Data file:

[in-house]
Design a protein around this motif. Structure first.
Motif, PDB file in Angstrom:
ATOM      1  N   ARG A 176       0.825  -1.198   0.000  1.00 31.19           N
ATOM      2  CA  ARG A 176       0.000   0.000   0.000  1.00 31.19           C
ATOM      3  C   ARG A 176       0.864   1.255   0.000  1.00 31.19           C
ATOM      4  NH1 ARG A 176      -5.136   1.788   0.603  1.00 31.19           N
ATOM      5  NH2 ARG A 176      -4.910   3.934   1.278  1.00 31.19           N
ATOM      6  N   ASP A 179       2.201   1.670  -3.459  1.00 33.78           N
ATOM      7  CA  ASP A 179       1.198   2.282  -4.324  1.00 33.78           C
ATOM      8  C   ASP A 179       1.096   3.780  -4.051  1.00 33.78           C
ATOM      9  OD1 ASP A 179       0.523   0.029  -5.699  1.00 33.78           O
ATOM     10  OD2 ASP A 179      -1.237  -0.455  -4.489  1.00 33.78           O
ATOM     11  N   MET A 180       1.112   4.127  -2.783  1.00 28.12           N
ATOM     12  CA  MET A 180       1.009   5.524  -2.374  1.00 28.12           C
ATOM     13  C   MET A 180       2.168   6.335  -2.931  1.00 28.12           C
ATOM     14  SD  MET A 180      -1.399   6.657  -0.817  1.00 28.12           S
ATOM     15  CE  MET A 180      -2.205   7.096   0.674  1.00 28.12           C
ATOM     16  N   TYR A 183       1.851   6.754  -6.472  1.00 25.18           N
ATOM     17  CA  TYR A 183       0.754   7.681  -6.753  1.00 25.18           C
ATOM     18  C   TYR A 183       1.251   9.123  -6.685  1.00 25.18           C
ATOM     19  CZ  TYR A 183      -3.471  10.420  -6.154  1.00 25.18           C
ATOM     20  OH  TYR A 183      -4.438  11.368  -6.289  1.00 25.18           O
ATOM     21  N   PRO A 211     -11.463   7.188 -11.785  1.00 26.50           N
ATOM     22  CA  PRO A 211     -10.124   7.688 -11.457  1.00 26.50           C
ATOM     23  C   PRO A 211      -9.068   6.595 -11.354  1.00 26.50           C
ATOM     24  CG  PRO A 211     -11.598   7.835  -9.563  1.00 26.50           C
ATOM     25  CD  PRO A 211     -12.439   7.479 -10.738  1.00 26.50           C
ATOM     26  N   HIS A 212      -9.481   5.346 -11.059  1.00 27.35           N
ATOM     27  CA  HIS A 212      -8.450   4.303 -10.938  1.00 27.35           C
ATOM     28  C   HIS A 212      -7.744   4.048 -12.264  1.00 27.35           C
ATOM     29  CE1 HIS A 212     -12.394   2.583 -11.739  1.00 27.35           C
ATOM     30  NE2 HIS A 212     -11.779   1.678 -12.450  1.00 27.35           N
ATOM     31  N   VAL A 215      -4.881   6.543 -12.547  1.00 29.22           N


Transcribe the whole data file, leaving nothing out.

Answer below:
[in-house]
Design a protein around this motif. Structure first.
Motif, PDB file in Angstrom:
ATOM      1  N   ARG A 176       0.825  -1.198   0.000  1.00 31.19           N
ATOM      2  CA  ARG A 176       0.000   0.000   0.000  1.00 31.19           C
ATOM      3  C   ARG A 176       0.864   1.255   0.000  1.00 31.19           C
ATOM      4  NH1 ARG A 176      -5.136   1.788   0.603  1.00 31.19           N
ATOM      5  NH2 ARG A 176      -4.910   3.934   1.278  1.00 31.19           N
ATOM      6  N   ASP A 179       2.201   1.670  -3.459  1.00 33.78           N
ATOM      7  CA  ASP A 179       1.198   2.282  -4.324  1.00 33.78           C
ATOM      8  C   ASP A 179       1.096   3.780  -4.051  1.00 33.78           C
ATOM      9  OD1 ASP A 179       0.523   0.029  -5.699  1.00 33.78           O
ATOM     10  OD2 ASP A 179      -1.237  -0.455  -4.489  1.00 33.78           O
ATOM     11  N   MET A 180       1.112   4.127  -2.783  1.00 28.12           N
ATOM     12  CA  MET A 180       1.009   5.524  -2.374  1.00 28.12           C
ATOM     13  C   MET A 180       2.168   6.335  -2.931  1.00 28.12           C
ATOM     14  SD  MET A 180      -1.399   6.657  -0.817  1.00 28.12           S
ATOM     15  CE  MET A 180      -2.205   7.096   0.674  1.00 28.12           C
ATOM     16  N   TYR A 183       1.851   6.754  -6.472  1.00 25.18           N
ATOM     17  CA  TYR A 183       0.754   7.681  -6.753  1.00 25.18           C
ATOM     18  C   TYR A 183       1.251   9.123  -6.685  1.00 25.18           C
ATOM     19  CZ  TYR A 183      -3.471  10.420  -6.154  1.00 25.18           C
ATOM     20  OH  TYR A 183      -4.438  11.368  -6.289  1.00 25.18           O
ATOM     21  N   PRO A 211     -11.463   7.188 -11.785  1.00 26.50           N
ATOM     22  CA  PRO A 211     -10.124   7.688 -11.457  1.00 26.50           C
ATOM     23  C   PRO A 211      -9.068   6.595 -11.354  1.00 26.50           C
ATOM     24  CG  PRO A 211     -11.598   7.835  -9.563  1.00 26.50           C
ATOM     25  CD  PRO A 211     -12.439   7.479 -10.738  1.00 26.50           C
ATOM     26  N   HIS A 212      -9.481   5.346 -11.059  1.00 27.35           N
ATOM     27  CA  HIS A 212      -8.450   4.303 -10.938  1.00 27.35           C
ATOM     28  C   HIS A 212      -7.744   4.048 -12.264  1.00 27.35           C
ATOM     29  CE1 HIS A 212     -12.394   2.583 -11.739  1.00 27.35           C
ATOM     30  NE2 HIS A 212     -11.779   1.678 -12.450  1.00 27.35           N
ATOM     31  N   VAL A 215      -4.881   6.543 -12.547  1.00 29.22           N